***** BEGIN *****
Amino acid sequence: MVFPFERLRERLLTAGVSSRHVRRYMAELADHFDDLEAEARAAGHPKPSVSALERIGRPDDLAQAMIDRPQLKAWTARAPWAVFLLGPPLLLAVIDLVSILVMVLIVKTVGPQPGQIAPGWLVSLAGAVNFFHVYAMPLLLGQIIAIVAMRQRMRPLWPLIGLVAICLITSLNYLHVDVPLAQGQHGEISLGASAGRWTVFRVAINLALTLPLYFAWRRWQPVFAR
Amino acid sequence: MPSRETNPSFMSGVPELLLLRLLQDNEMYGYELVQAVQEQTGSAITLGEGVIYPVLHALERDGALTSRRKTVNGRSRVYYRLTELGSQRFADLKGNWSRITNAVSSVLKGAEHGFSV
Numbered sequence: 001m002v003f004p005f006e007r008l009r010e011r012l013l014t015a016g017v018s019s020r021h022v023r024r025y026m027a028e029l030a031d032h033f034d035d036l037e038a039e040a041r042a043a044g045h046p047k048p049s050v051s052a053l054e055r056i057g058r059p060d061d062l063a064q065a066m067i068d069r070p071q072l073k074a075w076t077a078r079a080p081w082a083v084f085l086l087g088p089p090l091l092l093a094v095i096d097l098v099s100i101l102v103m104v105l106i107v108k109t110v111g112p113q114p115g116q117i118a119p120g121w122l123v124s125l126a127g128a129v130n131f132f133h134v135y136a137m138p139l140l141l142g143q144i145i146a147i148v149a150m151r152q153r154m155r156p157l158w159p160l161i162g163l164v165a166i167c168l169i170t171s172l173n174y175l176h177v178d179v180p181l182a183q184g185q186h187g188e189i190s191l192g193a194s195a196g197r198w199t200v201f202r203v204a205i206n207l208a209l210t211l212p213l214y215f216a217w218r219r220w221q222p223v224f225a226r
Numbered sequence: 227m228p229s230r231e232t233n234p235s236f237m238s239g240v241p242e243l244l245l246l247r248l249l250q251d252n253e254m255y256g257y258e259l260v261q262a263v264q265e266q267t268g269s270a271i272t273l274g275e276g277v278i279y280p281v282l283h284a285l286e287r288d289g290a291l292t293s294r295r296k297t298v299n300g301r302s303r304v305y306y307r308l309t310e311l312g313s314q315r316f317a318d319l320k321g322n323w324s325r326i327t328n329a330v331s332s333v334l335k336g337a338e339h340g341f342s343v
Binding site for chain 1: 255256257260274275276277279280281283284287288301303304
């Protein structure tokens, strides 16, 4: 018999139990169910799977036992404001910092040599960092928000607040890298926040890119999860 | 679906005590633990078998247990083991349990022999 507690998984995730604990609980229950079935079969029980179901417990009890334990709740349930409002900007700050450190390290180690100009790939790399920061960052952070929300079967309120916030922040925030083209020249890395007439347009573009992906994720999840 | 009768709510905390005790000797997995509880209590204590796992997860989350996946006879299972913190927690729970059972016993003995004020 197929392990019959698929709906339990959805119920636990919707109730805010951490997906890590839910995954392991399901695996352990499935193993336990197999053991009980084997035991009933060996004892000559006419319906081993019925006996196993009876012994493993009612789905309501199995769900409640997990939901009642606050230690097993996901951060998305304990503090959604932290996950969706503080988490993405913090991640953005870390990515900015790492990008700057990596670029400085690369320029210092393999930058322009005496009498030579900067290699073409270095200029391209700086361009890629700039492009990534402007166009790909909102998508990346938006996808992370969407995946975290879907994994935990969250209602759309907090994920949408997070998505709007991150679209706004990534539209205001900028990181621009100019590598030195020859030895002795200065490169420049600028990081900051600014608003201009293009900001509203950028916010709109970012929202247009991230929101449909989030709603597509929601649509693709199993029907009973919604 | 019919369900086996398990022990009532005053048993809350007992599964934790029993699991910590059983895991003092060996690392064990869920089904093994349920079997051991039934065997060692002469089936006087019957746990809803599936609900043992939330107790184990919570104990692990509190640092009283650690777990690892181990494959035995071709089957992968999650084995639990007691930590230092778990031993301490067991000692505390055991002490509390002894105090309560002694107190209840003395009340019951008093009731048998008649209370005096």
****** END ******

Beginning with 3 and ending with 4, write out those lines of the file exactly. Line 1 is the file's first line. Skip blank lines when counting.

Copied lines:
Numbered sequence: 001m002v003f004p005f006e007r008l009r010e011r012l013l014t015a016g017v018s019s020r021h022v023r024r025y026m027a028e029l030a031d032h033f034d035d036l037e038a039e040a041r042a043a044g045h046p047k048p049s050v051s052a053l054e055r056i057g058r059p060d061d062l063a064q065a066m067i068d069r070p071q072l073k074a075w076t077a078r079a080p081w082a083v084f085l086l087g088p089p090l091l092l093a094v095i096d097l098v099s100i101l102v103m104v105l106i107v108k109t110v111g112p113q114p115g116q117i118a119p120g121w122l123v124s125l126a127g128a129v130n131f132f133h134v135y136a137m138p139l140l141l142g143q144i145i146a147i148v149a150m151r152q153r154m155r156p157l158w159p160l161i162g163l164v165a166i167c168l169i170t171s172l173n174y175l176h177v178d179v180p181l182a183q184g185q186h187g188e189i190s191l192g193a194s195a196g197r198w199t200v201f202r203v204a205i206n207l208a209l210t211l212p213l214y215f216a217w218r219r220w221q222p223v224f225a226r
Numbered sequence: 227m228p229s230r231e232t233n234p235s236f237m238s239g240v241p242e243l244l245l246l247r248l249l250q251d252n253e254m255y256g257y258e259l260v261q262a263v264q265e266q267t268g269s270a271i272t273l274g275e276g277v278i279y280p281v282l283h284a285l286e287r288d289g290a291l292t293s294r295r296k297t298v299n300g301r302s303r304v305y306y307r308l309t310e311l312g313s314q315r316f317a318d319l320k321g322n323w324s325r326i327t328n329a330v331s332s333v334l335k336g337a338e339h340g341f342s343v